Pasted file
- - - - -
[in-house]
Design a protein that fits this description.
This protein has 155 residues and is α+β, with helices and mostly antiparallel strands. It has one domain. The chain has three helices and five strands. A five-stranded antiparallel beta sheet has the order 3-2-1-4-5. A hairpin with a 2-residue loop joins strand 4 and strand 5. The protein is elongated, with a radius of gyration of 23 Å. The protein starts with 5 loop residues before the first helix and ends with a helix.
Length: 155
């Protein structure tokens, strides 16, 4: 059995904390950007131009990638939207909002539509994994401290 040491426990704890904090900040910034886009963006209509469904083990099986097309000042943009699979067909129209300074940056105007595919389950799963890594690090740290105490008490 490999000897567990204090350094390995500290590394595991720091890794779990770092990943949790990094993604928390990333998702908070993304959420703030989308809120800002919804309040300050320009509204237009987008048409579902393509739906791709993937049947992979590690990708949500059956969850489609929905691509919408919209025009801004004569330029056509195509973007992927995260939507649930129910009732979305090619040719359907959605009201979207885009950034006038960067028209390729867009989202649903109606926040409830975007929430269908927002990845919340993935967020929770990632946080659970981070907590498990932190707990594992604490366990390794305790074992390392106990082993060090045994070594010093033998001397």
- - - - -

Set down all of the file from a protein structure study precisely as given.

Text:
[in-house]
Design a protein that fits this description.
This protein has 155 residues and is α+β, with helices and mostly antiparallel strands. It has one domain. The chain has three helices and five strands. A five-stranded antiparallel beta sheet has the order 3-2-1-4-5. A hairpin with a 2-residue loop joins strand 4 and strand 5. The protein is elongated, with a radius of gyration of 23 Å. The protein starts with 5 loop residues before the first helix and ends with a helix.
Length: 155
């Protein structure tokens, strides 16, 4: 059995904390950007131009990638939207909002539509994994401290 040491426990704890904090900040910034886009963006209509469904083990099986097309000042943009699979067909129209300074940056105007595919389950799963890594690090740290105490008490 490999000897567990204090350094390995500290590394595991720091890794779990770092990943949790990094993604928390990333998702908070993304959420703030989308809120800002919804309040300050320009509204237009987008048409579902393509739906791709993937049947992979590690990708949500059956969850489609929905691509919408919209025009801004004569330029056509195509973007992927995260939507649930129910009732979305090619040719359907959605009201979207885009950034006038960067028209390729867009989202649903109606926040409830975007929430269908927002990845919340993935967020929770990632946080659970981070907590498990932190707990594992604490366990390794305790074992390392106990082993060090045994070594010093033998001397």